Gail Collins: Searching for the perfect Trump antidote

(Robert F. Bukaty | AP) Democratic presidential candidate Sen. Amy Klobuchar, D-Minn., speaks at her election night party, Tuesday, Feb. 11, 2020, in Concord, N.H.

Perhaps you think New Hampshire sent us a mixed message. After all, Bernie Sanders won but the moderates got more votes, and Tuesday night three different candidates seemed to be giving victory speeches.

What does the Democratic rank-and-file really want? Well, the answer is: Ralph in Michigan.

Ralph is the symbol of all the people in swing states who went for Barack Obama and then turned Republican in 2016. Democrats want him back! They care way less about finding a candidate with the perfect health care plan than finding one who can rid the world of President Trump.

And who does Ralph want? Somebody who looks more reasonable than the current occupant of the White House? Well, that’s all the Democratic candidates. And pretty much every other elected official in recent memory.

OK, maybe not the senator who got arrested for lewd conduct in a men’s restroom. But even the congressman who used campaign donations to fly around his pet bunny can’t compare to a president who bills the government $650 a night for putting up the agents who have to provide security when he goes to Mar-a-Lago.

Getting rid of Trump is everything. While nobody in either party has ever described him as restrained, he’s gotten worse since he skittered past the impeachment crisis. A normal unhinged president might, say, fire a Cabinet member on a whim. Trump preferred to can a distinguished military officer for being the brother of an officer who testified about the Ukraine situation under subpoena.

How do you think Ralph would react if a Democratic candidate connected the brothers’ story to Trump’s draft-dodging bone spur? Pete Buttigieg, who served in Afghanistan, is definitely into bringing up that bone spur.

We’re presuming Ralph is a non-crazy, non-racist average person who thought it was time for a change when Hillary Clinton was the Democratic nominee. And liked Trump’s, um, spunkiness. Now he’s begun to worry that there’s a tad too much spunk in the current White House.

Who do you think he’d be looking at now? Probably not Joe Biden anymore.

Although Biden is certainly holding out hope. “It is important that Iowa and Nevada have spoken, but, look, we need to hear from Nevada and South Carolina,” the former vice president said, in what would have been a New Hampshire concession speech if he had not forgotten the name of the state he just lost.

Biden has now run for president three times and he’s never won a primary. Or come in second. Or third. Ralph cannot possibly be impressed.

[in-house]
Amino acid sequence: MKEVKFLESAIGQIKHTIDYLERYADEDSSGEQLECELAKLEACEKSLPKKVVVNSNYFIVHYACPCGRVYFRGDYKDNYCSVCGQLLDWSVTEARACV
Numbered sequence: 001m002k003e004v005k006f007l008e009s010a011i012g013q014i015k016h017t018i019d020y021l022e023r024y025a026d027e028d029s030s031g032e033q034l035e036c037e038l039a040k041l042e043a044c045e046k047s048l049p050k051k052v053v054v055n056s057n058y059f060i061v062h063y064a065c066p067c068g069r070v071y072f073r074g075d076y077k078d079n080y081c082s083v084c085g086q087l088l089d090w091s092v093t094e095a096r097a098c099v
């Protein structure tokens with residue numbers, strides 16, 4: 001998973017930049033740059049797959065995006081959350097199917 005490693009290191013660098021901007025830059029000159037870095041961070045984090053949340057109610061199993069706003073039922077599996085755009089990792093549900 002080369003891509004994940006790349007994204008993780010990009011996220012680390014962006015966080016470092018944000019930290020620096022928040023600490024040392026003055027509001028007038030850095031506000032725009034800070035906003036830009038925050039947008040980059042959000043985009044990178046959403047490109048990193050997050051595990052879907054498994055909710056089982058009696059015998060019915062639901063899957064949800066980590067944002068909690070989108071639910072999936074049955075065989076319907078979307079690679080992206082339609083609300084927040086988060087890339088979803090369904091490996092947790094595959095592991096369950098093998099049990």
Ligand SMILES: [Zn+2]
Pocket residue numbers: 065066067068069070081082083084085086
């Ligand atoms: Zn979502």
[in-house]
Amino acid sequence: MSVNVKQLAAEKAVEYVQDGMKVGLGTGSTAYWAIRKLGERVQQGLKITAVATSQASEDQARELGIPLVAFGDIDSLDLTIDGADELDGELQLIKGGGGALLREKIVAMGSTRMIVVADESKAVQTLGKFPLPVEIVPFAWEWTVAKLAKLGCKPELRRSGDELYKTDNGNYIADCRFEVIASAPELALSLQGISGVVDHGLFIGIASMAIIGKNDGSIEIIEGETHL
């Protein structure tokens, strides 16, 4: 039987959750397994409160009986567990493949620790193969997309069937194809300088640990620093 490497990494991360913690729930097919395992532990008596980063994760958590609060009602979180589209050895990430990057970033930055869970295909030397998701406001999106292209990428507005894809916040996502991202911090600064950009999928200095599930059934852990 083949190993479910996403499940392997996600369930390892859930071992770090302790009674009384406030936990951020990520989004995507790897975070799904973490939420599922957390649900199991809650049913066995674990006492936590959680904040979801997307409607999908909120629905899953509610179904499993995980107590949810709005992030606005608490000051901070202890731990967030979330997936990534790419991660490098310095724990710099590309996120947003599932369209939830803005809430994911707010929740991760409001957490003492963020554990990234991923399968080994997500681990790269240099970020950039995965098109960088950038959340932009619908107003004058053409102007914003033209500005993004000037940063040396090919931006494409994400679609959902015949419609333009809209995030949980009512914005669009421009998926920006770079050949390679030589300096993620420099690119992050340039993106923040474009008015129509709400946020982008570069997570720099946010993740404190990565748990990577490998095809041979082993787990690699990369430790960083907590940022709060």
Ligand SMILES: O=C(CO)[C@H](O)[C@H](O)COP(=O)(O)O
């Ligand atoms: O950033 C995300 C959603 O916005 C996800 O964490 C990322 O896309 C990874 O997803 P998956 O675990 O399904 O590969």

Elizabeth Warren’s only possible consolation for her poor showing was that she came in ahead of Joe Biden. But she was spunky even in defeat. Warned the party against “harsh tactics” and then posed for a ton of selfies. Kudos.

And what about Bernie Sanders? He won, but he beat Buttigieg by fewer than 4,000 votes — out of nearly 300,000 cast. And although Sanders does do well with working-class voters, I doubt Mrs. Ralph is going to come around unless he learns how to talk about, say, eliminating college tuition without shouting and scowling.

The big winner in New Hampshire was Amy Klobuchar, who came in a rather impressive third. Now she’s a very serious candidate, and it will be interesting to see how Trump decides to attack her. Sanders has already entered the president’s rally speeches as Crazy Bernie, and Trump has devoted quite a bit of time to making fun of Buttigieg’s name. Klobuchar hasn’t really come up much, except for a tweet in which he referred to the Minnesota Democrat as “Snowman (woman)!”

If Klobuchar keeps climbing, soon the Trump crowds will be chanting “Lock her up!” Really, any woman will do. This week, they did it for Nancy Pelosi. Any minute now, it’ll be Oprah Winfrey.

But back to Ralph the target swing voter. We have not discussed how old he is. That matters a lot. Sanders, 78, has huge support from younger Democrats, but in New Hampshire he got only 14% of the voters over 65. Buttigieg, 38, got nearly a quarter of those older voters.

What’s the story?

A) Mayor Pete reminds them of their grandchildren.

B) Bernie reminds them of the guy at their coffee shop who never treats and won’t stop complaining about the weather.

C) Millennials hear Sanders speeches and think he’s rapping.

We should probably pause to congratulate New Hampshire for getting the votes counted right away. It’s sort of the dream state for candidates who believe that if the citizenry just got to know them, they’d be converted to their cause. Now the dream is over for people like Andrew Yang and Michael Bennet. We’re down to just eight contenders.

Civics quiz: Name all eight of them.

Don’t look at me — I’m not going to tell you.

Right now, Michael Bloomberg is pretty darned popular. Most people don’t know much about him except his ads — he’s sort of the political equivalent of Geico. But we’ll have much more opportunity to be snide about his campaign once we get to Super Tuesday.

Meanwhile, Ralph hasn’t made up his mind. But we’ve come a long way. Hopes soaring, hopes crushed. And if we ever get Iowa totally straightened out, the Democrats will have allocated nearly 2% of the delegates to the convention.

Gail Collins

Gail Collins is an Op-Ed columnist for The New York Times.